Skye Cleary approaches questions of human authenticity throught he lens of French Existentialism, and particularly through Simone de Beauvoir's thought. She is in conversation with Nigel Warburton.
Developments in AI are coming very quickly. But it's not easy to work out how to deal with the ethical questions that AI generates. Peter Railton discusses AI and Ethics with Nigel Warburton for this episode of the Philosophy Bites podcast
We all make some modifications to our bodies. But often this is in response to social pressures. So is there something to say for the largely unmodified body? Clare Chambers thinks so. In this episode of the Philosophy Bites podcast she spells out why. The interviewer is David Edmonds.
Peter Singer is probably the most famous living philosopher. He recently won the million-dollar Berggruen Prize and promptly gave all that money to charity. His positions on this, on animals, poverty, altruism, and much else besides are underpinned by his consequentialism. Here, in conversation with Nigel Warburton he explains his consequentialism and its implications.
Spying raises many ethical issues, but these are rarely discussed - at least by philosophers. Cécile Fabre, author of a recent book on the topic, Spying Through a Glass Darkly, discusses some of these issues with Nigel Warburton in this episode of the Philosophy Bites podcast. This episode is sponsored by The New European newspaper.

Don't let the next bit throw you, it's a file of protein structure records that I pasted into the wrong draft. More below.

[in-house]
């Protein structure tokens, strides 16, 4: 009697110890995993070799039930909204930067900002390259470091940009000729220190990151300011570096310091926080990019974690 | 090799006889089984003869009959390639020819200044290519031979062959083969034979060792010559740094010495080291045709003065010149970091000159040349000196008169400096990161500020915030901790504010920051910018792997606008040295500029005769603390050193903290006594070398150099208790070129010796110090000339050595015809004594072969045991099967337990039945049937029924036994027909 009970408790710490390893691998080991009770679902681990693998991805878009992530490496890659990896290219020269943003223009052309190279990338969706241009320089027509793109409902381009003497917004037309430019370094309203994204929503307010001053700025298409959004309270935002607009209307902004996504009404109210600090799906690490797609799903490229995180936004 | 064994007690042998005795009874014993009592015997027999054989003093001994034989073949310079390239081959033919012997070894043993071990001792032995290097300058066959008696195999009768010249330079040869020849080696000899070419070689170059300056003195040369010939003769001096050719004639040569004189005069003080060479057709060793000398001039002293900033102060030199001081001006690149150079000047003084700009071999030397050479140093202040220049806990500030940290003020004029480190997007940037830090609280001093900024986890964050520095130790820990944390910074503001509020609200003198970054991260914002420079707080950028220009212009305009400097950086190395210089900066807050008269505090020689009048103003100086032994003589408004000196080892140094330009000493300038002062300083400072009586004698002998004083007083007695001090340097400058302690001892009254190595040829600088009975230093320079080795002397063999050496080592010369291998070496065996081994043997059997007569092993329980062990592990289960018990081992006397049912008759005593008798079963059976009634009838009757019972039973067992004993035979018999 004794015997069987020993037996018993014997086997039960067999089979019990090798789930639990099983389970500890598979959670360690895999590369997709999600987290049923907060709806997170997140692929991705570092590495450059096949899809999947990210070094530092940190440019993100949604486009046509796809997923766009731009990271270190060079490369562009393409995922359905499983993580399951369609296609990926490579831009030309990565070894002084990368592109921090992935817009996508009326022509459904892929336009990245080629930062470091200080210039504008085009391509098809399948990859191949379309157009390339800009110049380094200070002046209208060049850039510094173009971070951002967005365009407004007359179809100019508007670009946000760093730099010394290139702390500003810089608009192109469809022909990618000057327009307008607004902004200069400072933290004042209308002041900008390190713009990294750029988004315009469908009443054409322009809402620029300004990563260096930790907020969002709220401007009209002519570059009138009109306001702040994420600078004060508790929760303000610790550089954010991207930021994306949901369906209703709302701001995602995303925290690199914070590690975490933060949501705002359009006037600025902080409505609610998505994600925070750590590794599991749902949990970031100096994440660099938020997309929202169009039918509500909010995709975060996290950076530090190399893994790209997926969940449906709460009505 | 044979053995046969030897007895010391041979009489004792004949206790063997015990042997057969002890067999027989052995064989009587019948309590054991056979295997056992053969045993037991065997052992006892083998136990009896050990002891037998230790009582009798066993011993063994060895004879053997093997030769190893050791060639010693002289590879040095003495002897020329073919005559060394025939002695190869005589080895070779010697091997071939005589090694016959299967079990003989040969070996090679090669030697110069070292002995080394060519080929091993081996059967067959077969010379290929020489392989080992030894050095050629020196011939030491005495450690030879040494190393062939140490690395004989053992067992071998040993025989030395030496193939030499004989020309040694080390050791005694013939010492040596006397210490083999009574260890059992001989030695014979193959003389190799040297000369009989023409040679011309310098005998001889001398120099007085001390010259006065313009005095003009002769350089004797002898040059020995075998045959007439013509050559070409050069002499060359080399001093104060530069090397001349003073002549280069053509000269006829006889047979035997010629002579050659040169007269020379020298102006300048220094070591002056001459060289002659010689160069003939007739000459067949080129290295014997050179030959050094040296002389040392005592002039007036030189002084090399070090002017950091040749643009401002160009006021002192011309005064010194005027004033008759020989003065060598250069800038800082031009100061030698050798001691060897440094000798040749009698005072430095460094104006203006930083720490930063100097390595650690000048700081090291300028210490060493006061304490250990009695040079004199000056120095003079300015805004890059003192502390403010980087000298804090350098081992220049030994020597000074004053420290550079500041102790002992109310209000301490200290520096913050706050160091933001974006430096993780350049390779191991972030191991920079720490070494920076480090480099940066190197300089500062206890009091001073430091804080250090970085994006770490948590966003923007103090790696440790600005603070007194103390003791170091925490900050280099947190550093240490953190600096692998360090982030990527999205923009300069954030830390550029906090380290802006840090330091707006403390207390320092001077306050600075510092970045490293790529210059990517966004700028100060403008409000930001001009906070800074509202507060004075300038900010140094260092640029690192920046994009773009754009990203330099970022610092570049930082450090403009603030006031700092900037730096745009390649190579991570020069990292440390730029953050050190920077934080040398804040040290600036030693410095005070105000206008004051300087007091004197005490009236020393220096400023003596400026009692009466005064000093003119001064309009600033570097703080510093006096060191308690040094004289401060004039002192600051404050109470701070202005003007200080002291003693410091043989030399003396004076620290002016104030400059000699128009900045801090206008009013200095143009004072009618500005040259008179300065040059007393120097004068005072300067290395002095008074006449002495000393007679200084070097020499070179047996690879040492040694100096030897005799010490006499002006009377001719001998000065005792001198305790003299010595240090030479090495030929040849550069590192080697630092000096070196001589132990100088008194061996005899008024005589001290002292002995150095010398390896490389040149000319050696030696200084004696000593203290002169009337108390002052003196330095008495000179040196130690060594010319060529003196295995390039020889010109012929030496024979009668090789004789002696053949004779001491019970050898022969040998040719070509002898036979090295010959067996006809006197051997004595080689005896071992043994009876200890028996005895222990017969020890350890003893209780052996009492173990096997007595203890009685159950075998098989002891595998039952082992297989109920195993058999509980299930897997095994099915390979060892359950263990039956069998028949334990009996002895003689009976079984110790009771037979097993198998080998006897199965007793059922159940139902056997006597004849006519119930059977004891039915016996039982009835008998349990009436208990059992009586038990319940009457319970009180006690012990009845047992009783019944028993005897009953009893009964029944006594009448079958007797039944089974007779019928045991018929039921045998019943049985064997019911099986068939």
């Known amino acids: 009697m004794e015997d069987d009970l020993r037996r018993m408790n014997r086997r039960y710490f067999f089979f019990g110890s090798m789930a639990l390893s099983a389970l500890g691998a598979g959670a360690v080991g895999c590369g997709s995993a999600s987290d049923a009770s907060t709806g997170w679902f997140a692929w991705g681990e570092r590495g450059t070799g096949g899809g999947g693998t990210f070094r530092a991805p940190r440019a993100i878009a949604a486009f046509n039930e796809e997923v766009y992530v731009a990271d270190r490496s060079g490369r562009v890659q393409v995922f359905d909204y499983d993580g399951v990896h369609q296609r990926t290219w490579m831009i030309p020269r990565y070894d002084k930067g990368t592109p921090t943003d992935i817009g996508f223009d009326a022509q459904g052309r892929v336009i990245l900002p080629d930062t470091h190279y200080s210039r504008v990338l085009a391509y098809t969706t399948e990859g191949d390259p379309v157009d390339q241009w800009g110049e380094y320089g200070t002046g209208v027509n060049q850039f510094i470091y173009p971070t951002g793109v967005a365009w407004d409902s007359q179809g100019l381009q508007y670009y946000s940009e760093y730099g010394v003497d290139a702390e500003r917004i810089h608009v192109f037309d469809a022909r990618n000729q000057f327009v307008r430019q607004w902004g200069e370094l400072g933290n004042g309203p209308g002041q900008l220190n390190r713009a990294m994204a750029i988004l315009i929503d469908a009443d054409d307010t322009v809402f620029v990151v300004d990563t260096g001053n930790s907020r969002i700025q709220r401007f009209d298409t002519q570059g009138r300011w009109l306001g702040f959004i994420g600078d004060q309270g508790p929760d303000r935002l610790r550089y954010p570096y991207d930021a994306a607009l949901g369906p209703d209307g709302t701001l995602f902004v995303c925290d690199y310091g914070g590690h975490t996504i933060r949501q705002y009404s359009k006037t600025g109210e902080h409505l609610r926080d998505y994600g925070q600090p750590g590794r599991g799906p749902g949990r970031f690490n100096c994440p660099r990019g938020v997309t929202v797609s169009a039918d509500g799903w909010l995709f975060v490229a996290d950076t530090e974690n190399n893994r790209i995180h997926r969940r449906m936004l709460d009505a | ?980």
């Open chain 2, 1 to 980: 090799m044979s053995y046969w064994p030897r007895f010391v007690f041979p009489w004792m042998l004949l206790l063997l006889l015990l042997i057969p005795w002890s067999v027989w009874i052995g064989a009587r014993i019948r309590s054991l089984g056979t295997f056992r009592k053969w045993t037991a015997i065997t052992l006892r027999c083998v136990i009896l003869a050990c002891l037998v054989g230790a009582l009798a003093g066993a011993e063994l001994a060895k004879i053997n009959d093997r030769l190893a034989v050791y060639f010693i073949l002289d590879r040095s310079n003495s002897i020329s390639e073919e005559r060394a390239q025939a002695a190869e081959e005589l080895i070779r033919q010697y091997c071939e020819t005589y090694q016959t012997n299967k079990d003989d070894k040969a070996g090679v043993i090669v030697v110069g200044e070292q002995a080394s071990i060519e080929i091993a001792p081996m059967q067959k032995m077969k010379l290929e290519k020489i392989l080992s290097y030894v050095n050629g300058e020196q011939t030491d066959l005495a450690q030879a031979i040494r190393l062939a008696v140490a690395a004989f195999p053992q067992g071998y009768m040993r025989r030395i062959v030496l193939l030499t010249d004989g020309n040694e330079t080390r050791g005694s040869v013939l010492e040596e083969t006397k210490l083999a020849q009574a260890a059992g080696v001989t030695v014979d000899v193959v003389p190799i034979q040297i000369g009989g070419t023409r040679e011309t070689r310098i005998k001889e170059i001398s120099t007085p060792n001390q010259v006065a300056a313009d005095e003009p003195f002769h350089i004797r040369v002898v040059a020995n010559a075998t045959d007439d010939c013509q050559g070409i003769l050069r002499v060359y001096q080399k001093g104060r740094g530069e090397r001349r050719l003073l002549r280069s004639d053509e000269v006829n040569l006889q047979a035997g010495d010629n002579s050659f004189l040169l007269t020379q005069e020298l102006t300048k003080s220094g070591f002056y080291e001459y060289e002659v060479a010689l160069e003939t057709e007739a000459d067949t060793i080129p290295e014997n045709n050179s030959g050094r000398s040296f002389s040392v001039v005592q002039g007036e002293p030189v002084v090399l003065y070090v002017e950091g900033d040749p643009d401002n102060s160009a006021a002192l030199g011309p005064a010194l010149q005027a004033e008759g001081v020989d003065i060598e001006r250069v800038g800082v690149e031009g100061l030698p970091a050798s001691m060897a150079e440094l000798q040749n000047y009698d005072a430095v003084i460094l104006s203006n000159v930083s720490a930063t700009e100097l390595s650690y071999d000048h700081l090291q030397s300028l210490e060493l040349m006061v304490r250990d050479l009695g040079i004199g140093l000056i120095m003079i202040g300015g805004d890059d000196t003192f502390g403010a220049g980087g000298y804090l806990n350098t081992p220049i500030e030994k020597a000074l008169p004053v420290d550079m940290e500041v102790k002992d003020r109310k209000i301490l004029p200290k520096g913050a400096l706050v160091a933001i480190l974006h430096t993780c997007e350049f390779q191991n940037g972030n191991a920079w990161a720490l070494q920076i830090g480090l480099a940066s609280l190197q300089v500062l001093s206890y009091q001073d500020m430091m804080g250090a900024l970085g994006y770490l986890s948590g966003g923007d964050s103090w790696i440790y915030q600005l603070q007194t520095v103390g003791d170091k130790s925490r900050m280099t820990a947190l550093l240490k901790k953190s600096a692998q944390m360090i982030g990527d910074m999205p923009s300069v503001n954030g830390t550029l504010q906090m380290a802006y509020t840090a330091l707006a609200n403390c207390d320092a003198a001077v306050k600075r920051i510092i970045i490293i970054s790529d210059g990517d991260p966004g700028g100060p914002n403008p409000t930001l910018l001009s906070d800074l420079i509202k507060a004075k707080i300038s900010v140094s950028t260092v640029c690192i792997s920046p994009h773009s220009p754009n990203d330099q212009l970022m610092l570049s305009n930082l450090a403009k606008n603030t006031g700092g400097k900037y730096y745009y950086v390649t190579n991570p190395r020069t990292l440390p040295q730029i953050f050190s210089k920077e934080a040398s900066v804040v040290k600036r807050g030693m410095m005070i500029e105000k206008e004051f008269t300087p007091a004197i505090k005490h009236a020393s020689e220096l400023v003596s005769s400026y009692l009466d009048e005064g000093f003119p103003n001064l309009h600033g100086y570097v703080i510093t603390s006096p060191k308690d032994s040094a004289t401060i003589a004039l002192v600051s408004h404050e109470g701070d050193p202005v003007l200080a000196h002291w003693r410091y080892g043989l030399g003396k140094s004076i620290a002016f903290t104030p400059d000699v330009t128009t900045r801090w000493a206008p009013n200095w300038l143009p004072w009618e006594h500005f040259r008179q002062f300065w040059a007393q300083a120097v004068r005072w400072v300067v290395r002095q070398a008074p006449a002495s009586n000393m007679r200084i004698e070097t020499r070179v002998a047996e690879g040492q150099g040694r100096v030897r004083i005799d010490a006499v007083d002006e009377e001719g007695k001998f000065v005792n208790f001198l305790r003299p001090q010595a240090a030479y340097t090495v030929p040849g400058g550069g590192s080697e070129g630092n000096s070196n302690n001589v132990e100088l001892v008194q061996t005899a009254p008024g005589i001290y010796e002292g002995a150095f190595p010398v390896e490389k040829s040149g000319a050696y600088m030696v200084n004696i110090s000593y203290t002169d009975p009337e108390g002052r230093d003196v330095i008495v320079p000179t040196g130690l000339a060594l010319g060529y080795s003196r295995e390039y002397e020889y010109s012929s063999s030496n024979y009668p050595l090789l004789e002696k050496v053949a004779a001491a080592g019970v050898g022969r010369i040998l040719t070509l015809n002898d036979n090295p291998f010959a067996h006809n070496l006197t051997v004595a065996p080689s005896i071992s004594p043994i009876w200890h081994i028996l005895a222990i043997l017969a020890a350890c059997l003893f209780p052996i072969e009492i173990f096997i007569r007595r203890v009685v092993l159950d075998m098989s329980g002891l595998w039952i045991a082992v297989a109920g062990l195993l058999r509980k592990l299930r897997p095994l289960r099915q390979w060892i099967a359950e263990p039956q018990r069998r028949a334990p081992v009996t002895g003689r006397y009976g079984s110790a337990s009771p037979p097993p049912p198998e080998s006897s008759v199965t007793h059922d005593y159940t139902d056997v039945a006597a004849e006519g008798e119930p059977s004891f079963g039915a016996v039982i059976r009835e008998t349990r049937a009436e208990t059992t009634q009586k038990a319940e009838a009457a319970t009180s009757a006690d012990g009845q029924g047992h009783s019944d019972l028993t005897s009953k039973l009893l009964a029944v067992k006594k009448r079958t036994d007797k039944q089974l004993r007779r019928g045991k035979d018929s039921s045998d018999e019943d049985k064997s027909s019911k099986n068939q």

In this digital age, how can we organise society and the public sphere in ways that will preserve the sense of individual dignity? Ro Khanna, Congressman for Silicon Valley, and author of Dignity in a Digital Age, discusses this important topic with Nigel Warburton.
In Oxford during the Second World War four women philosophers came to prominence. Elizabeth Anscombe, Philippa Foot, Iris Murdoch, and Mary Midgley were friends and met to discuss their ideas, particulary about ethics. Benjamin Lipscomb, author of a recent book about them, The Women Are Up To Something, speaks to David Edmonds in this episode of the Philosophy Bites podcast.
Do we seek pleasure and avoid pain? The moral psychologist Paul Bloom believes psychological hedonism gives an inaccurate picture of what motivates us. In this episode of the Philosophy Bites podcast he discusses pain and pleasure with Nigel Warburton.
Dec 19, 2021
Stoic philosophers described anger as a temporary madness and argued that we should eliminate it wherever possible. More recently Martha Nussbaum has argued for keeping anger out of political debates. In this episode of the Philosophy Bites podcast, in contrast, Myisha Cherry makes the case for rage in some specific circumstances. She discusses rage with Nigel Warburton.
Nov 3, 2021
We all do it. But is there anything philosophically interesting about complaining? Agnes Callard thinks there is. In this episode of the Philosophy Bites podcast she discusses complaint with Nigel Warburton.
Oct 9, 2021